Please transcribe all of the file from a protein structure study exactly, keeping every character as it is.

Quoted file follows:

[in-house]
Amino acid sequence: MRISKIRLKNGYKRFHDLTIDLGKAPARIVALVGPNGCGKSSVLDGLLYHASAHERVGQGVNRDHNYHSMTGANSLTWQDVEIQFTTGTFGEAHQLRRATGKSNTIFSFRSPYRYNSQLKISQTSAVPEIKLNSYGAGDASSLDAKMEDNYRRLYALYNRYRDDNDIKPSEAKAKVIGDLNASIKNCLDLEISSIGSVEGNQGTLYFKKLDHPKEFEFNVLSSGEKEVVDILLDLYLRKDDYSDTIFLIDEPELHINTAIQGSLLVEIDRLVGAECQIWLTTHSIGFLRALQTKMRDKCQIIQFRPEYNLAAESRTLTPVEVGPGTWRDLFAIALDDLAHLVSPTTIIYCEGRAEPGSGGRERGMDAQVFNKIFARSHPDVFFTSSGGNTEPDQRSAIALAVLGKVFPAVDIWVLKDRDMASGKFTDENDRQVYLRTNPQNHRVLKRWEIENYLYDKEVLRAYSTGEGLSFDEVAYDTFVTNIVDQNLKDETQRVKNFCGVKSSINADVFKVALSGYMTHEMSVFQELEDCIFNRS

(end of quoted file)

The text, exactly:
[in-house]
Amino acid sequence: MRISKIRLKNGYKRFHDLTIDLGKAPARIVALVGPNGCGKSSVLDGLLYHASAHERVGQGVNRDHNYHSMTGANSLTWQDVEIQFTTGTFGEAHQLRRATGKSNTIFSFRSPYRYNSQLKISQTSAVPEIKLNSYGAGDASSLDAKMEDNYRRLYALYNRYRDDNDIKPSEAKAKVIGDLNASIKNCLDLEISSIGSVEGNQGTLYFKKLDHPKEFEFNVLSSGEKEVVDILLDLYLRKDDYSDTIFLIDEPELHINTAIQGSLLVEIDRLVGAECQIWLTTHSIGFLRALQTKMRDKCQIIQFRPEYNLAAESRTLTPVEVGPGTWRDLFAIALDDLAHLVSPTTIIYCEGRAEPGSGGRERGMDAQVFNKIFARSHPDVFFTSSGGNTEPDQRSAIALAVLGKVFPAVDIWVLKDRDMASGKFTDENDRQVYLRTNPQNHRVLKRWEIENYLYDKEVLRAYSTGEGLSFDEVAYDTFVTNIVDQNLKDETQRVKNFCGVKSSINADVFKVALSGYMTHEMSVFQELEDCIFNRS